Get them recognition: There are a number of industry awards that your employee might be eligible for. Look for these opportunities and nominate them. Also look for community or regional business award programs. A nomination letter gives you a chance to let them know how much you value their contribution to your feed or grain business. And if they win, promote their award as much as you can. Issue press releases to the local media, put it in your company newsletter, and send out an e-mail congratulating your employee.

Continuing Education: Give your employee a chance to develop their skills through continuing education. There are a number of grain industry related webinars they can attend very inexpensively. In additional, there are thousands of business, management, sales and customer service webinars or live seminars that are available. Keep your eyes open for these and send employees whenever possible. Many states have an Agriculture Leadership development program, which is a perfect training ground for your up and coming employees.

Don’t promise them the moon: It is tempting to keep you superstar employee around by promising them a promotion in six months or a management job in a year, but be realistic about what you promise. If you can’t deliver, the employee will start looking elsewhere.

Invest in fertile ground: As a busy manager, it is easy to fall into the trap of just putting out fires. As such, a lot of your employee interaction defaults to the “problem children”. You get in the mode of disciplinarian and spend lots of your time with the employees who aren’t performing. “How can I make them perform better?” “How can I get them to stop this negative behavior?’ are questions you ask. To use the agronomy analogy of Variable Rate Technology, where more inputs are applied to the more productive ground, try to do the same with your employee base. More time spent coaching productive employees will result in more benefit and more profit for your organization.

Now They Have Been Promoted

Finally a spot has opened up for a promotion. You have been training and coaching and now can move your superstar into this new position. Surely your job is done?? Not quite. You have a lot to do to set the foundation for a successful management career for your new manager. (These same principles of coaching a new manager can also apply if you have just hired someone who has not been with your company before.)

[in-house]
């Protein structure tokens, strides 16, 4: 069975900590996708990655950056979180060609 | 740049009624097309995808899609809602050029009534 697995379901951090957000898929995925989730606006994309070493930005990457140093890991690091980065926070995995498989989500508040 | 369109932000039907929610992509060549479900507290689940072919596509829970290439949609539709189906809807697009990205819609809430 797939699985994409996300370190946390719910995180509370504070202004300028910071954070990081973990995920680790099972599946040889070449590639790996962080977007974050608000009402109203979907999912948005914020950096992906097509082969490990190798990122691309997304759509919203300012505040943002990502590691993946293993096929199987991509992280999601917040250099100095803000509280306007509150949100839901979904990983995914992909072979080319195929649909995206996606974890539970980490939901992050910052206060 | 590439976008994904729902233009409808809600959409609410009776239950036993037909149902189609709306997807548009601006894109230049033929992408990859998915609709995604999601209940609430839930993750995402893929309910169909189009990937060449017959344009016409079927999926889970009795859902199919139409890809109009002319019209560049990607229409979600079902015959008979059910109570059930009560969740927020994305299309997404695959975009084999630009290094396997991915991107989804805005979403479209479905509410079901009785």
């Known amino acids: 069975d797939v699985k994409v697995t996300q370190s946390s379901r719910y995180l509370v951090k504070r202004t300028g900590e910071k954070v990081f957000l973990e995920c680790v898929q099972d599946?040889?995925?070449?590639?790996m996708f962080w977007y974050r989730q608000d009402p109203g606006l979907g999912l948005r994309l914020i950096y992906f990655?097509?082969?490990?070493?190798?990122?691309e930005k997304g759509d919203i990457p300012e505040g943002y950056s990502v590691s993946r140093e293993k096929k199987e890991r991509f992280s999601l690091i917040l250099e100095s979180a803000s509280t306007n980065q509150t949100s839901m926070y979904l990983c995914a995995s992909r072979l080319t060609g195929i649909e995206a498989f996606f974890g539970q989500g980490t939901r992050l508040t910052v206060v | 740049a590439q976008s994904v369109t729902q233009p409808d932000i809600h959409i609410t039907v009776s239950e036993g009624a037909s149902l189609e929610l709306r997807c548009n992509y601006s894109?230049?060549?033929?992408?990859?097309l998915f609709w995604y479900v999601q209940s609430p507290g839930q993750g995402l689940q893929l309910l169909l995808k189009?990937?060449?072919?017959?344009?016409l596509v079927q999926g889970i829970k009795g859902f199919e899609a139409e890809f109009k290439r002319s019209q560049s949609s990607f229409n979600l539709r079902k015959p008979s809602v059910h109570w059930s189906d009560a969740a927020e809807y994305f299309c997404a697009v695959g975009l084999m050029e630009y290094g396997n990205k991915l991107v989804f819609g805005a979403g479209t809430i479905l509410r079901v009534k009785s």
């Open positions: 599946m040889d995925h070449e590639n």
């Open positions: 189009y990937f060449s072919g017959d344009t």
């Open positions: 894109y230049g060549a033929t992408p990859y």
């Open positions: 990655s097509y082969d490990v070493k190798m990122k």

Micromanage for the first few months: When you first start an employee in a new management position you should tend to micromanage (this is the only time you should do this). Tell them you will be doing this and that you will not be doing it forever. But you want to get the person trained and up to speed with the “flavor” of your management style. Check in with them often on their “to do list.” Give them lots of coaching on how to handle situations that arise. As they become more and more competent, give them more freedom.

Keep them very busy: During their first few months in the new position, keep them very busy. Load up their schedule and task list. This provides you with lots of opportunity for interaction, affords you many chances for observation, and gives time and opportunity for feedback. A busy schedule also gives them purpose. You really do need them in this position to help you, so make them feel like it.

Provide a detailed job description: This should be a given, but during the initial promotion (or new hire) process, don’t forget to provide, and discuss, a detailed job description. You should do this with each position in your company, but it is probably more important with new management positions. List all the tasks you can think of and outline them in the description. Have another member or two of your current management team review (participatory management as we mentioned above) and provide feedback. Take as much time as needed to go over each item in the description with your new manager -- you are building communication bridges here and telegraphing your intent and desires.